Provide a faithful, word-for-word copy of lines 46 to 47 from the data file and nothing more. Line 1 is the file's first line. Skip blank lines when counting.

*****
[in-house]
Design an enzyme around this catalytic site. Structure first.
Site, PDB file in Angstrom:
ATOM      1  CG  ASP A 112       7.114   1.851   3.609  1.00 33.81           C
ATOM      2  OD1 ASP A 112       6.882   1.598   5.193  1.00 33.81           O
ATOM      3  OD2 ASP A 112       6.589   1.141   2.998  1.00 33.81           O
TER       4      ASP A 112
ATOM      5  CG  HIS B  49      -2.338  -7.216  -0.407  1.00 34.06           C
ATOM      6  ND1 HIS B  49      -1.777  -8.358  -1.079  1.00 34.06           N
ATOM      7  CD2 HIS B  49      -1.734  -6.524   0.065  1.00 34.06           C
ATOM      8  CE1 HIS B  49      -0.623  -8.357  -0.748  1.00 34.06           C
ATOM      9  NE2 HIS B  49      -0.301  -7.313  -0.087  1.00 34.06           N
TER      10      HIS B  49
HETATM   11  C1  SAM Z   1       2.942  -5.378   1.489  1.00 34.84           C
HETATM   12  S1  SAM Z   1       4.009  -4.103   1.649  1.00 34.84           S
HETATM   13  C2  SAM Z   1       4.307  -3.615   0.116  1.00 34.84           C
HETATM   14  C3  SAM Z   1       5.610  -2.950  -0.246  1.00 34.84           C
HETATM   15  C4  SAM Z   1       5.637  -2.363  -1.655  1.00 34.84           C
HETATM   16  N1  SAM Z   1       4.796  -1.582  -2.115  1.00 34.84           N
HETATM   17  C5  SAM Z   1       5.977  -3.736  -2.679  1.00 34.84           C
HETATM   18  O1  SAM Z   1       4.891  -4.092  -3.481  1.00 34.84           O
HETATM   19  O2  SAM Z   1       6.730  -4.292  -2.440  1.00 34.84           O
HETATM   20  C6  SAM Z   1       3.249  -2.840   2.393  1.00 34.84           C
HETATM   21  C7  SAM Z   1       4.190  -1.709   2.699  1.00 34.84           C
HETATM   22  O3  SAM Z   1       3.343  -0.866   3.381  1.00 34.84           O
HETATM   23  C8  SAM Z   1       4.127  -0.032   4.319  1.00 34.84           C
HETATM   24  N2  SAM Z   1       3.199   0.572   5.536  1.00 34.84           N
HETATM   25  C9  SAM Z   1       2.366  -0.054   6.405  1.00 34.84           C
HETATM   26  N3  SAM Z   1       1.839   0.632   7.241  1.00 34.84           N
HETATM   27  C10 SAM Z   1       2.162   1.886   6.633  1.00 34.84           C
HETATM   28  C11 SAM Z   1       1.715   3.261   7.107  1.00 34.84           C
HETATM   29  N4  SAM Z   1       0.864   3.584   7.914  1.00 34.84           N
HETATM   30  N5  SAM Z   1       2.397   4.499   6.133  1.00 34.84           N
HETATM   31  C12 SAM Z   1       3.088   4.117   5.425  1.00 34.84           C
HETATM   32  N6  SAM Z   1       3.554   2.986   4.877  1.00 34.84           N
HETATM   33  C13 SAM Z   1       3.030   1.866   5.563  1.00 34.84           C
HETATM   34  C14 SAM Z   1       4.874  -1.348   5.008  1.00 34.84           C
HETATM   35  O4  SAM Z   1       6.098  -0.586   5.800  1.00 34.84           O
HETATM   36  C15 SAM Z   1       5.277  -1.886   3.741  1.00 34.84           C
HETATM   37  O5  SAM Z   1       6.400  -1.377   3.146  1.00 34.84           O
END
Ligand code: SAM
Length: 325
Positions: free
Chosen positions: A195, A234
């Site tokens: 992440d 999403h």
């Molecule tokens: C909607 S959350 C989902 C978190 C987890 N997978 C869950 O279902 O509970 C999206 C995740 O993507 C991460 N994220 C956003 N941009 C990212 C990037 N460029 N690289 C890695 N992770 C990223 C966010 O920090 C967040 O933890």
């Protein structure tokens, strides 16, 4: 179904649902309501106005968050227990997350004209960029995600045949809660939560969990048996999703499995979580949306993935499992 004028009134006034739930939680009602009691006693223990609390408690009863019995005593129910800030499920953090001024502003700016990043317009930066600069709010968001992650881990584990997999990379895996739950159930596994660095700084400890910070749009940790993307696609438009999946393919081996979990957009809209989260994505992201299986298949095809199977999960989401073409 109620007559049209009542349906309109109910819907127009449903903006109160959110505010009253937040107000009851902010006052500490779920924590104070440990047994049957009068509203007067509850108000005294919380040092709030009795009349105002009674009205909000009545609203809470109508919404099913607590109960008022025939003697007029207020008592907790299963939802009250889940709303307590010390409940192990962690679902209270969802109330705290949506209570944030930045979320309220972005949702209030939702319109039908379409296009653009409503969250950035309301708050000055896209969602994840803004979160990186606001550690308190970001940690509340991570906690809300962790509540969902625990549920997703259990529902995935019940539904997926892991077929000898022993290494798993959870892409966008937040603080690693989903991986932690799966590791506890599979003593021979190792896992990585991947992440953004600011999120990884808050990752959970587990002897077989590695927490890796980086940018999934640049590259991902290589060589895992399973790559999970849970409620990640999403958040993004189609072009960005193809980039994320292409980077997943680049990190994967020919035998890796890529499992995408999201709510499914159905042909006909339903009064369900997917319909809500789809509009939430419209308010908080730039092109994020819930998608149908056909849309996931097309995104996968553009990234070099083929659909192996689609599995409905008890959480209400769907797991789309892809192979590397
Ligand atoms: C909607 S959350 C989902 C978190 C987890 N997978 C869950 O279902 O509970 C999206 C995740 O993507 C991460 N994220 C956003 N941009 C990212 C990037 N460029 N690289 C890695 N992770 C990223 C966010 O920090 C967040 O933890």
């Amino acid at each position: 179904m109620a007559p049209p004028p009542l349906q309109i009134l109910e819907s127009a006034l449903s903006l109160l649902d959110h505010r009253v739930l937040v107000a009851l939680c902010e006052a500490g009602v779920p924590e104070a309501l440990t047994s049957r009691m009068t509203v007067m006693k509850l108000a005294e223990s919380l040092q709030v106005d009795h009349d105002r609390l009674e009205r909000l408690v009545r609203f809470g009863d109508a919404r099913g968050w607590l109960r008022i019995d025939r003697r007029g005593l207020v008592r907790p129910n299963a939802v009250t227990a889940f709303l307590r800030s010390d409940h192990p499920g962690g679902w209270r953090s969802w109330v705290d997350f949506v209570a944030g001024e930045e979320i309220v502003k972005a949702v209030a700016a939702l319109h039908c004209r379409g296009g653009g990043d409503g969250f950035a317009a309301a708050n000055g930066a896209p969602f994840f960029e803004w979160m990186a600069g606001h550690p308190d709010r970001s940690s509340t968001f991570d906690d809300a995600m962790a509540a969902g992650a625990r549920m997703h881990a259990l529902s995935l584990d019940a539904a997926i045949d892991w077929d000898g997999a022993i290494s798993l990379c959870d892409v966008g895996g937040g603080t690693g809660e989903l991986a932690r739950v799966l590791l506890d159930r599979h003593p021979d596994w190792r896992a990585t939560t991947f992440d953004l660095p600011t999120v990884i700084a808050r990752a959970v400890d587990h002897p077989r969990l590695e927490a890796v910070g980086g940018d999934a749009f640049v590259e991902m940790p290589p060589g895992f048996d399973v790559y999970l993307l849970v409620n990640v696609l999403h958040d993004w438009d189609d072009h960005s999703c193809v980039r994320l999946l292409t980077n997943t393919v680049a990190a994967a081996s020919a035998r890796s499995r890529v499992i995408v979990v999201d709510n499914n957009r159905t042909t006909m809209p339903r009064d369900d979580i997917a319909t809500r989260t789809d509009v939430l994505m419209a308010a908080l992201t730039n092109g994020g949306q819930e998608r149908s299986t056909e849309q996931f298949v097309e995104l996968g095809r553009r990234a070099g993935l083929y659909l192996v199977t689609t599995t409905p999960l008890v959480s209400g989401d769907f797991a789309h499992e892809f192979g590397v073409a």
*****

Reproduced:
């Site tokens: 992440d 999403h």
């Molecule tokens: C909607 S959350 C989902 C978190 C987890 N997978 C869950 O279902 O509970 C999206 C995740 O993507 C991460 N994220 C956003 N941009 C990212 C990037 N460029 N690289 C890695 N992770 C990223 C966010 O920090 C967040 O933890």